Thom Andersen’s Get Out of the Car plays at Anthology Film Archives on Saturday, in a program with Jack Smight’s The Sound of Jazz (1957), and —- ———- (“short line long line,” 1967), an early Andersen short co-directed with Malcolm Brodwick.
About a minute into Get Out of the Car—Thom Andersen’s new short about the semiotics of the Southern California cityscape—an off-screen pedestrian pushing, by the sound of things, a shopping cart, comes upon the filmmakers. Andersen and his crew, who are also off-screen, are shooting a pair of billboard skeletons bereft of any advertisements. “What are you making?” the man with the cart asks.
“It’s a documentary about signs,” Andersen says.
“But there’s nothing there. It’s empty.”
“It’s kind of a film about houses.”
“When you make a film about something, call me.”
Nobody walks in L.A., huh? Yeah, right. Though they are invisible to the drivers hurling past them, and though they are unseen by us in the movie, Get Out of the Car gives voice to, among other things, the sidewalk passerby, an omnipresent but largely ignored feature of SoCal life.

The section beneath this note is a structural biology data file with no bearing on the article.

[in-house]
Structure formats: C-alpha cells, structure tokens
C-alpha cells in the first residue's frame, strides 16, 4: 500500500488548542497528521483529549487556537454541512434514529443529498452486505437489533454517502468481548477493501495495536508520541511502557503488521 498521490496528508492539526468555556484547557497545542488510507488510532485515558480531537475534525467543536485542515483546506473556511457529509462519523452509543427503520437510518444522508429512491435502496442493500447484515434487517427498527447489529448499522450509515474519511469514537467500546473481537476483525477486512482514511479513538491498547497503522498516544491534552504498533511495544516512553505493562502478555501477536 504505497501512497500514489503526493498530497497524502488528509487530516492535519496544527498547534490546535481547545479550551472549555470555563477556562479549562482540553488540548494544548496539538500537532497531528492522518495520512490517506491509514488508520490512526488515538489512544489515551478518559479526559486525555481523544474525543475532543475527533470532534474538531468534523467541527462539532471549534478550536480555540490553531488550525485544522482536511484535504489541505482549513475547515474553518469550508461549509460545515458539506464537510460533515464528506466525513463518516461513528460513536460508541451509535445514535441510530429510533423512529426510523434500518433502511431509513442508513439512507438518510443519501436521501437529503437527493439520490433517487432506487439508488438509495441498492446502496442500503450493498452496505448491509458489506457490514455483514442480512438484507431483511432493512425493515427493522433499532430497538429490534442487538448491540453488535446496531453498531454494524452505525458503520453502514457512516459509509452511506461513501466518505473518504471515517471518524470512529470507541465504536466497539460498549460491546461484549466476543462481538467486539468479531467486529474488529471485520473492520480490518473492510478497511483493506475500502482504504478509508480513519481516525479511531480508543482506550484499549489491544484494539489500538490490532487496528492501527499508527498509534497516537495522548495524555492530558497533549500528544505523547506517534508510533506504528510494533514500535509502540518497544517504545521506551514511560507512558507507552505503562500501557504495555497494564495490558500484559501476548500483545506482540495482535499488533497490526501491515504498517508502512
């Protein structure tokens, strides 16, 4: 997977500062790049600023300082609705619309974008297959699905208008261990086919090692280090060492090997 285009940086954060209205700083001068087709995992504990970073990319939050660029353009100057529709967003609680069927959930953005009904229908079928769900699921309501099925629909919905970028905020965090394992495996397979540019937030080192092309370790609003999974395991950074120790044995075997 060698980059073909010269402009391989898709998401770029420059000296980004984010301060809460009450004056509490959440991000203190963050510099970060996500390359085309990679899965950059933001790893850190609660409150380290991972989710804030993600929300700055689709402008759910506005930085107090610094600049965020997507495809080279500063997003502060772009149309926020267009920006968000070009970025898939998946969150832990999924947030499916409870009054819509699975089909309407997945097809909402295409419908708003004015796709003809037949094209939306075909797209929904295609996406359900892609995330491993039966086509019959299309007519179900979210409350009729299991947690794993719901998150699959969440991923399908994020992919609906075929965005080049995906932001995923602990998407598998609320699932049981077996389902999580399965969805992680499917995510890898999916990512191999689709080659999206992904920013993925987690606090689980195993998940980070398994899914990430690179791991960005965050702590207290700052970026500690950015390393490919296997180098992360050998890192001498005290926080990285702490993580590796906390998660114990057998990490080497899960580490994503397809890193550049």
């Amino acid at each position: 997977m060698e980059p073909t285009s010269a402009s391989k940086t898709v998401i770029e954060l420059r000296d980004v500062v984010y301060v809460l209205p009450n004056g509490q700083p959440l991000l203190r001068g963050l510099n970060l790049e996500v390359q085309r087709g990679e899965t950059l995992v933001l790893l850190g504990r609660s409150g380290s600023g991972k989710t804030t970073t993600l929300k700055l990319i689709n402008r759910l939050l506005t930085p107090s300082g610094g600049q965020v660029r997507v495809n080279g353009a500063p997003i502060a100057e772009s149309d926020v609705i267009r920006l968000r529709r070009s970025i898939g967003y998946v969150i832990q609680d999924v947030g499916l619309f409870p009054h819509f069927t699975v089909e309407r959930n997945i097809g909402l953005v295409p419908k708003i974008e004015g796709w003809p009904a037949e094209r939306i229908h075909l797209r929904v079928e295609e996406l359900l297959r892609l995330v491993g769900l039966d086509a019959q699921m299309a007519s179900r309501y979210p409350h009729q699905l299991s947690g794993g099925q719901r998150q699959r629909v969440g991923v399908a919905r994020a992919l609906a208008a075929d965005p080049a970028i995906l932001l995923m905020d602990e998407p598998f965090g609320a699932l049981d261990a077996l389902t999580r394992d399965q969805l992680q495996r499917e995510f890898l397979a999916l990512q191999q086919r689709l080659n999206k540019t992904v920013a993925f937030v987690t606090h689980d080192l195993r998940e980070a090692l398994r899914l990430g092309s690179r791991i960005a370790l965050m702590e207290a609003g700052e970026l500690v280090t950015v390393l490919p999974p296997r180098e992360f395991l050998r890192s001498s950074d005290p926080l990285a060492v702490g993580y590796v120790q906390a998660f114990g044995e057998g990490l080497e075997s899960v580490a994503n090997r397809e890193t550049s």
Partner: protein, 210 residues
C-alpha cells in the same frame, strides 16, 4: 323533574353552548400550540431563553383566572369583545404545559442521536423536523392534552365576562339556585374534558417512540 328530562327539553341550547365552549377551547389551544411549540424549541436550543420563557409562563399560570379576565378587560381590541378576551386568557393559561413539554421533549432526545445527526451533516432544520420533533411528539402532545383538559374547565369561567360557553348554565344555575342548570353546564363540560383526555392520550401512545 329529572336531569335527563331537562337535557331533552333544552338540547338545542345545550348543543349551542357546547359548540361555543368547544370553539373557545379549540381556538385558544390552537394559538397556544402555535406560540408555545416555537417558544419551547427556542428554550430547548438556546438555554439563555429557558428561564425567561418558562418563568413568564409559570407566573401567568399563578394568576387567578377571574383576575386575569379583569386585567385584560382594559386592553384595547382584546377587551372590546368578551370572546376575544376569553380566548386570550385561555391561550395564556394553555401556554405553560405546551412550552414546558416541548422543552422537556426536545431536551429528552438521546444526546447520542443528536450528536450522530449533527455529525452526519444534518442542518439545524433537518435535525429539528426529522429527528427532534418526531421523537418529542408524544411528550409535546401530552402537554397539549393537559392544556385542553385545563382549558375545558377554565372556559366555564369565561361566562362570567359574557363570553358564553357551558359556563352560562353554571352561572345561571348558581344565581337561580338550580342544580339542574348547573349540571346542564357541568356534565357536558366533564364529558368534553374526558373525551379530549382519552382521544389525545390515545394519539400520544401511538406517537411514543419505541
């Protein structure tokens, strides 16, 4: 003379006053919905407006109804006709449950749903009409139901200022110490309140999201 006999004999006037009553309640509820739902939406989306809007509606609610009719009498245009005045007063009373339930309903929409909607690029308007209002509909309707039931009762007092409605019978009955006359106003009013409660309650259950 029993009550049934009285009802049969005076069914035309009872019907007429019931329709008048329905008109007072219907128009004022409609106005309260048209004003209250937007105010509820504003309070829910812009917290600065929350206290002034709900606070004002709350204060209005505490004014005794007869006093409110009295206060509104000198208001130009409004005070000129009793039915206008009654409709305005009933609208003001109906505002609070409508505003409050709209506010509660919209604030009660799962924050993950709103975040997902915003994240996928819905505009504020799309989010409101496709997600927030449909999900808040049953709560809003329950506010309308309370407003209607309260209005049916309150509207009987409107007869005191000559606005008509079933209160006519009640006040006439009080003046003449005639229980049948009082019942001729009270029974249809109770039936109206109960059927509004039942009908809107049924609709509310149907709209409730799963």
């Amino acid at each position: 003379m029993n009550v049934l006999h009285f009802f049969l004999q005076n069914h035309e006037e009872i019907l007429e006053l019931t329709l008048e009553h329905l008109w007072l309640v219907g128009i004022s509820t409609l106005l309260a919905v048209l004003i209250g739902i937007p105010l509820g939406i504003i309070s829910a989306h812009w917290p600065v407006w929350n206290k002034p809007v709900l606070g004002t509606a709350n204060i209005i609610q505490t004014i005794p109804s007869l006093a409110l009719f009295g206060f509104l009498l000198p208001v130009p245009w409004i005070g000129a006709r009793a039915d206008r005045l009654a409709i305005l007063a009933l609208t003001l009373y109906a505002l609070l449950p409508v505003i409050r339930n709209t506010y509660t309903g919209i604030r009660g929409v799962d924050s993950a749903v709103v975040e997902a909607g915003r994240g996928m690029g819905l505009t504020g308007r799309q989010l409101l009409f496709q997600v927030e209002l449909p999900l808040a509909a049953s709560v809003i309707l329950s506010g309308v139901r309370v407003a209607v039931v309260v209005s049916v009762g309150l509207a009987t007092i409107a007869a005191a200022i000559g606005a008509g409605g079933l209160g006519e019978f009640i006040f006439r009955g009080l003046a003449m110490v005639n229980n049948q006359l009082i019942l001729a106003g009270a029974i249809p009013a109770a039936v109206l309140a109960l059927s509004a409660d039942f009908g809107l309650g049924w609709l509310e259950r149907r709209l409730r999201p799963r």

Described in a series of opening title cards as a “city symphony in 16mm,” Get Out of the Car is composed of footage of commercial signs, bodega wall murals, buildings, and ruins depicted at street level, and set to snippets of ambient noise and an eclectic range of American vernacular music. Andersen’s most recent film, the near four-hour Los Angeles Plays Itself (2004), was a gigantic, scholarly feat of historical excavation, but his latest is the opposite, a modest 34-minute triumph of compacted meaning, a breezy and lighthearted tour on foot through a Southland no one riding in a car would ever see.
Rebuking the dystopian tradition (and giving an implicit finger to Michelangelo Antonioni’s Zabriskie Point, a similarly themed picture Andersen derided in Los Angeles Plays Itself), Get Out of the Car manages to be hopeful even in its despair. Standing before the site of a legendary drive-in burger joint in Downey that was demolished illegally by its owner in 2007, the director grumbles bitterly about the crime, until another lookie-loo shows up and asks what it is he is filming. “We’re just trying to document what is left,” Andersen explains. Fortunately, that’s quite a bit. If Get Out of the Car tells us anything, it’s that there’s a whole other side to Los Angeles still waiting for the cinema to discover it.